6 minute read
Each athlete’s story is different. I shared mine with them, and I’m now sharing it with you.
The past few weeks have been quite busy with work and training. I had promised you a recap of my Salinas ITU World Cup Triathlon competition, so here it is with along with a quick update on my preparation for my next competition.
I left Montreal on August 25, heading for Salinas, Ecuador. I was super excited to have the opportunity to race for the second time at the World Cup level. Even though I knew the race was going to be tough, I felt great and was excited with the idea of competing alongside top athletes in the field.
I arrived in Salinas on August 25th at 10:00pm. Climate-wise, it was humid (80%) but not too hot with 26°C. I had dinner and then hit the rack.
Wednesday morning I met with the ITU team. I was happy to meet new athletes, coaches, and managers from different parts of the world like Aruba, Serbia, Cuba, Hungary, Germany, Mexico, and Ecuador. We had great support from a coaching, accommodation, food, and logistics standpoint.
I trained over the next days and took a break on Thursday – I slept all I could because I really needed the rest. On that day, each athlete had an individual meeting with the director, manager, and the head coach of ITU team. They wanted to find out more about our lives and training, and wanted to figure out the best way to support us through the upcoming years until Tokyo 2020. Each athlete’s story is different. I shared mine with them, and I’m now sharing it with you.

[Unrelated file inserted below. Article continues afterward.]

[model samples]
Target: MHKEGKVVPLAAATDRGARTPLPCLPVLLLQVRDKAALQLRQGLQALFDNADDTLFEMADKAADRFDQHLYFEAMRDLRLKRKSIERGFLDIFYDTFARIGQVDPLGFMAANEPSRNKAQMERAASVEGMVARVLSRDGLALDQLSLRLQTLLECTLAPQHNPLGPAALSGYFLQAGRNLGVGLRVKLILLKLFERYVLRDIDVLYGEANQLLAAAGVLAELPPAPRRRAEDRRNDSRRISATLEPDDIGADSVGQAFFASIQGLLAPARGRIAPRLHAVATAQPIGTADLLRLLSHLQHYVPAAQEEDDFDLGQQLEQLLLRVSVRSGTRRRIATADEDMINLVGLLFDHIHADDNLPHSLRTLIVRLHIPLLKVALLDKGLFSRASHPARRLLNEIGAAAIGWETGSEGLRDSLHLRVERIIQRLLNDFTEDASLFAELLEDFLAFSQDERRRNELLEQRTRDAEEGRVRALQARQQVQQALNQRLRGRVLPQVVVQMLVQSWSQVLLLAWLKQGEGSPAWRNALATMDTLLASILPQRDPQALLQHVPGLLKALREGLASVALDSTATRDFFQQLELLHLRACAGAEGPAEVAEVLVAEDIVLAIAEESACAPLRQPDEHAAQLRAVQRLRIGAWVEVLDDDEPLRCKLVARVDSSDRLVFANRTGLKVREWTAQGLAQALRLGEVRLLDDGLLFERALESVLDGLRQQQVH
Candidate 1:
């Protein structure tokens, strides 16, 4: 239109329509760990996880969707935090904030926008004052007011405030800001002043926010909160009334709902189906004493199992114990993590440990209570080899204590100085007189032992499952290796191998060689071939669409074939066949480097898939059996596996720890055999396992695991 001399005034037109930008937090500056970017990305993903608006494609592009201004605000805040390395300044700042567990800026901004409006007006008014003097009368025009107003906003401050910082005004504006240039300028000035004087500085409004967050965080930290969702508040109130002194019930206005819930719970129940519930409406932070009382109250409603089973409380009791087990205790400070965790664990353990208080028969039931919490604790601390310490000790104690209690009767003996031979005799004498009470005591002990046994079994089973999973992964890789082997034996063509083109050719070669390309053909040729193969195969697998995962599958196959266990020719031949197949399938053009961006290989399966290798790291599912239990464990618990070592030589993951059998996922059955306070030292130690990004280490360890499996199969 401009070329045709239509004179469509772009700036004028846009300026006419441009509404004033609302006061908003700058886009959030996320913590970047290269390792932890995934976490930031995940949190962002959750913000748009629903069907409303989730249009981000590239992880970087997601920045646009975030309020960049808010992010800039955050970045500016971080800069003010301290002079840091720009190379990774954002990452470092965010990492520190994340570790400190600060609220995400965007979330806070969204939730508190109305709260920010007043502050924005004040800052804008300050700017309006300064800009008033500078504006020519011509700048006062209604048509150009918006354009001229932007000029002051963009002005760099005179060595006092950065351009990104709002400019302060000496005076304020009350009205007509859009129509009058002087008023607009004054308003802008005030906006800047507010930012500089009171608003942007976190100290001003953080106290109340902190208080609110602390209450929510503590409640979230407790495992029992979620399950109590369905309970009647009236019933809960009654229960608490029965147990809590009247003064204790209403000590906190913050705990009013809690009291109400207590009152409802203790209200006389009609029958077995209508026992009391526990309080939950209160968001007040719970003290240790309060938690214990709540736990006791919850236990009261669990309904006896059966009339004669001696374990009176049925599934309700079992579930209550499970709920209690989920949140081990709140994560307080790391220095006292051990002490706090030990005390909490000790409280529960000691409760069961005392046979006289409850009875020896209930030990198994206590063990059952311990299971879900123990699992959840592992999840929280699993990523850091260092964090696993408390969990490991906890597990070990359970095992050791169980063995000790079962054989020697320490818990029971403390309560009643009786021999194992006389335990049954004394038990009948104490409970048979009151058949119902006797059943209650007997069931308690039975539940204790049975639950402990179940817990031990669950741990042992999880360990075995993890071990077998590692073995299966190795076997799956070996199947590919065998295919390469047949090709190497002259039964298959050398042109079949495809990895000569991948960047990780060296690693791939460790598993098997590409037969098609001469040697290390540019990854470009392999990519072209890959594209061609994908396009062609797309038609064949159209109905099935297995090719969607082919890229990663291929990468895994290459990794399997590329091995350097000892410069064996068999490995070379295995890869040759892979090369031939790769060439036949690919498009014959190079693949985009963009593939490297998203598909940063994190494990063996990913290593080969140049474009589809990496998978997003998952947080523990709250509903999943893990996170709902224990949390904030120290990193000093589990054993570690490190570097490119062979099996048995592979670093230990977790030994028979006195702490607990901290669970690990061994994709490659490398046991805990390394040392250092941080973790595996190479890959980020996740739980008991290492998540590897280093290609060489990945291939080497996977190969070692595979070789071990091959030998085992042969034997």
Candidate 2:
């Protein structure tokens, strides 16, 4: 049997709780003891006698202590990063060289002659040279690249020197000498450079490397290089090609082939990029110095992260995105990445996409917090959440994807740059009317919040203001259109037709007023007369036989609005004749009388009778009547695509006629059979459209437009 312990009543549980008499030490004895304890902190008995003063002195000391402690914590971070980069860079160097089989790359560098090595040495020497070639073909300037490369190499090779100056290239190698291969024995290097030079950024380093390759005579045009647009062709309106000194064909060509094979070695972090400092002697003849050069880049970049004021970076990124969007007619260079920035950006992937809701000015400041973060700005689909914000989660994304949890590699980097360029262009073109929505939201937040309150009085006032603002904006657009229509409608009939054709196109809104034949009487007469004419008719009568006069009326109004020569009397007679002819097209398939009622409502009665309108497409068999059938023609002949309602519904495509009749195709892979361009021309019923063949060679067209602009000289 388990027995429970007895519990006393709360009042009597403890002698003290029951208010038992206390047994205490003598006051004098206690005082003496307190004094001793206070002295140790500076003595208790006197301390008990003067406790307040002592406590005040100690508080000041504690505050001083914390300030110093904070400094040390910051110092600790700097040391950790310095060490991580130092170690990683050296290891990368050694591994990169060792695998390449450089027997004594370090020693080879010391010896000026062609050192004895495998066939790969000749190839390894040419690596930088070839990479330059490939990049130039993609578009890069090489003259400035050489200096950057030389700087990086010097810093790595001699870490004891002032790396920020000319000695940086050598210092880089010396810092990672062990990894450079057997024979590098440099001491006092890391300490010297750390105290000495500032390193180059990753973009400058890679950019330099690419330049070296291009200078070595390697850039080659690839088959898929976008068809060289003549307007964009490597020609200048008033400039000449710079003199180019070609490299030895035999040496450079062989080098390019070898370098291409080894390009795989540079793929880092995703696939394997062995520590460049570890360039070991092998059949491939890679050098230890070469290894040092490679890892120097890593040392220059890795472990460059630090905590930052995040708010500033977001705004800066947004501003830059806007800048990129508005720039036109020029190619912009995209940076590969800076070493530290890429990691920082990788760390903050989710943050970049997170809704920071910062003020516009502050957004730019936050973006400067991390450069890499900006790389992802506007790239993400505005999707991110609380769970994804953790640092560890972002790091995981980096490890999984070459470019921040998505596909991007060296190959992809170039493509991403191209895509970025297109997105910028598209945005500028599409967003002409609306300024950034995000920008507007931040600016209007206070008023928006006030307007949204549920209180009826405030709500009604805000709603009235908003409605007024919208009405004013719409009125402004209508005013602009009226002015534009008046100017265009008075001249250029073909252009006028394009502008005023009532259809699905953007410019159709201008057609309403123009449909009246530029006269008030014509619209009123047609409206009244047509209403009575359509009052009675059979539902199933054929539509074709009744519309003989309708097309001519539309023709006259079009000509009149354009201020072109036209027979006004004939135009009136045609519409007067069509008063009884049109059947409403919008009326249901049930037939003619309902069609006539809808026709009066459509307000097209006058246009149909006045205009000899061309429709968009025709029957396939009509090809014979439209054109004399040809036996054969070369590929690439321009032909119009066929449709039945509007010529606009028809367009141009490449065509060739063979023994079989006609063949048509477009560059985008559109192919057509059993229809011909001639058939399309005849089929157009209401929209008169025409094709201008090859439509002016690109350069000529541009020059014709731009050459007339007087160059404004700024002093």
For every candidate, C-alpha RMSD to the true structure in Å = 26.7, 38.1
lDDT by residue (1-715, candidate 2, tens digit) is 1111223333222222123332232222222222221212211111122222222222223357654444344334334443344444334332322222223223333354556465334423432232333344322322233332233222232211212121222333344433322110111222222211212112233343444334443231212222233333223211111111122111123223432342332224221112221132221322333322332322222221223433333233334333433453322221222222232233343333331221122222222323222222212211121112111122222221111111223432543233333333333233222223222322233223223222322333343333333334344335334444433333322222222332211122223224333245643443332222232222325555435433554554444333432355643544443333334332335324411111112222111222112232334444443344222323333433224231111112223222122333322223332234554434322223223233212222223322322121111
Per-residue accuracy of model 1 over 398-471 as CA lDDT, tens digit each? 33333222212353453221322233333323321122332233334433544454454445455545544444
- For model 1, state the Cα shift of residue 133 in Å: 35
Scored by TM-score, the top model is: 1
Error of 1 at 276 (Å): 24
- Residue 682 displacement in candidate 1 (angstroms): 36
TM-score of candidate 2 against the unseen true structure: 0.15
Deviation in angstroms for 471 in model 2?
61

Making one’s way to the Olympics requires not only talent, passion, courage and determination, but also many hours of training. An athlete aspiring to make the Olympic team needs to train at least 35 hours a week. What’s more, expenses can be quite considerable: nutritious food, food supplements, clothing and equipment for the three disciplines (swim, bike, run), fees and travel expenses for competitions and, of course, working with the best possible coaches and health professionals, such as a massage therapists, chiropractors and nutritionists.